300              31.7             36.7

Thoresby            100              34.8             37.9
                    150              35.0             39.7
                    300              43.0             40.3

El Cerrejon         100              37.6             39.0
                    150              40.6             42.9
                    300              41.0             44.3

                                 [V.sub.L], % daf
              Devolatilization
Coal              time, ms        1100[degrees]C

La Yolanda          100                37.7
                    150                37.4
                    300                39.0

Thoresby            100                38.1
                    150                40.5
                    300                39.2

El Cerrejon         100                41.5
                    150                43.3
                    300                45.3

Table 3. Char of thin and thick wall as a function of time and
temperature devolatilization, % v/v.

Devolati-   Devolatilization                   La Yolanda
lization      temperature
time, ms       [degrees]C          Thin wall            Thick wall

100               900          10.6 [+ or -] 2.79   78.3 [+ or -] 3.73
                  1000          6.0 [+ or -] 2.12   81.4 [+ or -] 3.48
                  1100          6.8 [+ or -] 2.25   78.0 [+ or -] 3.70

150               900          11.6 [+ or -] 2.86   78.2 [+ or -] 3.69
                  1000          4.0 [+ or -] 1.75   77.8 [+ or -] 3.71
                  1100          1.6 [+ or -] 1.12   71.3 [+ or -] 4.04

300               900           4.8 [+ or -] 1.91   75.8 [+ or -] 3.82
                  1000          2.2 [+ or -] 1.31   73.3 [+ or -]3.96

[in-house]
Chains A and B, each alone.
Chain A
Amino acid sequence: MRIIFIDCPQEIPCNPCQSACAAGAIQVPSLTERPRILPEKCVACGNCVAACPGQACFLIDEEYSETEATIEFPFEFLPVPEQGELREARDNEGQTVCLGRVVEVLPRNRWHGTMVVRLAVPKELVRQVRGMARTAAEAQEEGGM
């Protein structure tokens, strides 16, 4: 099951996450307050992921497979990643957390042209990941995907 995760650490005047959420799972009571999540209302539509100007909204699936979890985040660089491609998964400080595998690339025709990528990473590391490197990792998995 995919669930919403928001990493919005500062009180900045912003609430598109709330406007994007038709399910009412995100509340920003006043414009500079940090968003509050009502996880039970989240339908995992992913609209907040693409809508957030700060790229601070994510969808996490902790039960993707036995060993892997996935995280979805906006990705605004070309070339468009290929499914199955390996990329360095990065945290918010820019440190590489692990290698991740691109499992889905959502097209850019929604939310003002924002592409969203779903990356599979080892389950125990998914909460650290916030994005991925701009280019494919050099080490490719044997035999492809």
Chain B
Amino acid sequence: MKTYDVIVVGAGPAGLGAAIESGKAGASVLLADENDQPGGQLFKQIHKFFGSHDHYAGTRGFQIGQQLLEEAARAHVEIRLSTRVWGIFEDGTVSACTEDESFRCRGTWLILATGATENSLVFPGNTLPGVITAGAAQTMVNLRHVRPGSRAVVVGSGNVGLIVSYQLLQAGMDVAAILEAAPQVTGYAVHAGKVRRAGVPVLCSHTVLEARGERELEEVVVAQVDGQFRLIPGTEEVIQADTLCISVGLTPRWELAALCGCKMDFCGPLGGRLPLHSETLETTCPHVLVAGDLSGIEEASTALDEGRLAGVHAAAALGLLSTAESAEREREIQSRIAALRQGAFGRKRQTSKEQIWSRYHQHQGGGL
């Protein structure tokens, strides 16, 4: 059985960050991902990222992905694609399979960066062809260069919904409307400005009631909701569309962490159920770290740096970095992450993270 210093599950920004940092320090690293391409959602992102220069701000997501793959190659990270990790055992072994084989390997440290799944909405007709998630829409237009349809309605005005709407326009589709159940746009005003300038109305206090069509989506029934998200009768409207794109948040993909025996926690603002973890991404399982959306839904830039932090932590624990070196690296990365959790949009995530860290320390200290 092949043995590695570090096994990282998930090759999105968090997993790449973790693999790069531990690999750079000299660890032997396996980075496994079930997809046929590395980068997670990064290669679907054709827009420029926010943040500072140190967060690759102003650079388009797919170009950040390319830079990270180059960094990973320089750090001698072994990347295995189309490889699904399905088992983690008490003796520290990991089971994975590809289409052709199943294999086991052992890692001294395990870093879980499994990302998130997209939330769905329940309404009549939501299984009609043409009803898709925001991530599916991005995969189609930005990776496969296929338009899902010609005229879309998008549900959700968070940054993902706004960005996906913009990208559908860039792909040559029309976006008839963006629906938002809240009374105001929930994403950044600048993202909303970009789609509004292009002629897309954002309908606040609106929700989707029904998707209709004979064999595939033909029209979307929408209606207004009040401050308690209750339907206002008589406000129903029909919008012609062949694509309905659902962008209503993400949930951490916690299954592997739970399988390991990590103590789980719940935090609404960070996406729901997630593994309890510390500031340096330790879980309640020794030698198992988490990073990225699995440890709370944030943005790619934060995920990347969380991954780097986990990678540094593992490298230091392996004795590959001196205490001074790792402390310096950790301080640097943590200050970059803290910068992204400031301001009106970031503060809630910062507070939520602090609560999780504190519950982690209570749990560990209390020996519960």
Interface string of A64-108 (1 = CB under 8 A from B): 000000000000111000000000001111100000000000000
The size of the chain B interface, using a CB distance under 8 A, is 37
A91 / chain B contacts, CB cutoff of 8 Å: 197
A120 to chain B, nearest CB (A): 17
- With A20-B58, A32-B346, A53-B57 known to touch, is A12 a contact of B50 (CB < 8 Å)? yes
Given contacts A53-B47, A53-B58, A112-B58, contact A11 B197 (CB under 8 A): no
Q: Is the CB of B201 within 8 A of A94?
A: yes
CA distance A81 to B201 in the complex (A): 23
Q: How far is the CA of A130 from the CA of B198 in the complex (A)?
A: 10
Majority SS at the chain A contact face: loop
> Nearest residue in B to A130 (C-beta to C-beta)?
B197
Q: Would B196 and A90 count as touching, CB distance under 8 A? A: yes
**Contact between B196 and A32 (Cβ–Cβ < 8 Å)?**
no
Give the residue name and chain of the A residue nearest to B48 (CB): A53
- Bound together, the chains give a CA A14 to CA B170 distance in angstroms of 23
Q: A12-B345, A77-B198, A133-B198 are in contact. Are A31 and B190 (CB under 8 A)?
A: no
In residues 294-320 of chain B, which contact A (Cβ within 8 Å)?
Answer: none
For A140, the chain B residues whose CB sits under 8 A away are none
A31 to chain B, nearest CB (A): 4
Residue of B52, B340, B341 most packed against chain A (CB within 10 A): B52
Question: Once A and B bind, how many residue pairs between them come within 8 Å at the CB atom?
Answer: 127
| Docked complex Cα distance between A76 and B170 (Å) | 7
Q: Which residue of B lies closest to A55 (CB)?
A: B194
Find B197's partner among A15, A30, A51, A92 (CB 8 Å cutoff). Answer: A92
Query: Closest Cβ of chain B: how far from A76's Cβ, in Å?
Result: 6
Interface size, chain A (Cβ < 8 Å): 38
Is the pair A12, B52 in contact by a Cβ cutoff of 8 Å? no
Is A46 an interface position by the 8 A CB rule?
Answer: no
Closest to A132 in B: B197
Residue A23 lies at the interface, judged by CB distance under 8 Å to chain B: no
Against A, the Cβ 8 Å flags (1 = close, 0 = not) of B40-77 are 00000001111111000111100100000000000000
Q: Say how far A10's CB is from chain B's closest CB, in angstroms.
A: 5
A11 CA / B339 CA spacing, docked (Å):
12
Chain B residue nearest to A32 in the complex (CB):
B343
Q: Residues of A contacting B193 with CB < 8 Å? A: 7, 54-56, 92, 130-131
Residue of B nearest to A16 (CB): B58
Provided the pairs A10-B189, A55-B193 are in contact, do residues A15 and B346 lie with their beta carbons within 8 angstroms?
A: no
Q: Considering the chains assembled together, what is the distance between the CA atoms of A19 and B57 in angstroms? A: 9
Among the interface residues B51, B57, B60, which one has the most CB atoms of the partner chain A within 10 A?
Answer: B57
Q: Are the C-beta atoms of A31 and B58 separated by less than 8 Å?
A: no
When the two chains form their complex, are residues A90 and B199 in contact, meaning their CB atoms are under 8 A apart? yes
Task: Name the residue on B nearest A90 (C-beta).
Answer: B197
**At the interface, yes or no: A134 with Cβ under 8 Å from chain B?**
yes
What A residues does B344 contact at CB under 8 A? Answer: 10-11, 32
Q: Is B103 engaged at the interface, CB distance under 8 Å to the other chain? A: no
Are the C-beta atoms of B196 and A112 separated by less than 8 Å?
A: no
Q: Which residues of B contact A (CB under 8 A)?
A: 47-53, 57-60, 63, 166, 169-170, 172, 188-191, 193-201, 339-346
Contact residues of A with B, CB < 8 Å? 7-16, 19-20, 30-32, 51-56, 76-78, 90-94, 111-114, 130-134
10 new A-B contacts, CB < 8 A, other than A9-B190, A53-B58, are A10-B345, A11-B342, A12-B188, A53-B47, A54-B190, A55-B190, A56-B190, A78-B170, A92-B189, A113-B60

1100          2.2 [+ or -] 1.31   65.1 [+ or -] 4.26

Devolati-   Devolatilization                    Thoresby
lization      temperature
time, ms       [degrees]C          Thin wall            Thick wall

100               900          31.7 [+ or -] 4.16   61.1 [+ or -] 4.36
                  1000         30.1 [+ or -] 4.10   60.9 [+ or -] 4.36
                  1100         32.5 [+ or -] 4.19   58.5 [+ or -] 4.40

150               900          27.9 [+ or -] 4.01   61.9 [+ or -] 4.34
                  1000         27.5 [+ or -] 3.99   61.9 [+ or -] 4.34
                  1100         22.4 [+ or -] 3.72   68.1 [+ or -] 4.17

300               900          17.8 [+ or -] 3.42   71.3 [+ or -] 4.04
                  1000         17.4 [+ or -] 3.38   69.3 [+ or -] 4.12
                  1100         20.2 [+ or -] 3.58   69.1 [+ or -] 4.13

Devolati-   Devolatilization                   El Cerrejon
lization      temperature
time, ms       [degrees]C          Thin wall            Thick wall

100               900          50.7 [+ or -] 4.47   45.3 [+ or -] 4.45
                  1000         43.1 [+ or -] 4.43   51.6 [+ or -] 4.47
                  1100         29.1 [+ or -] 4.06   62.1 [+ or -] 4.34

150               900          50.9 [+ or -] 4.47   45.1 [+ or -] 4.45
                  1000         42.4 [+ or -] 4.49   52.1 [+ or -] 4.54
                  1100         24.6 [+ or -] 3.85   69.3 [+ or -] 4.13

300               900          28.3 [+ or -] 4.03   64.5 [+ or -] 4.28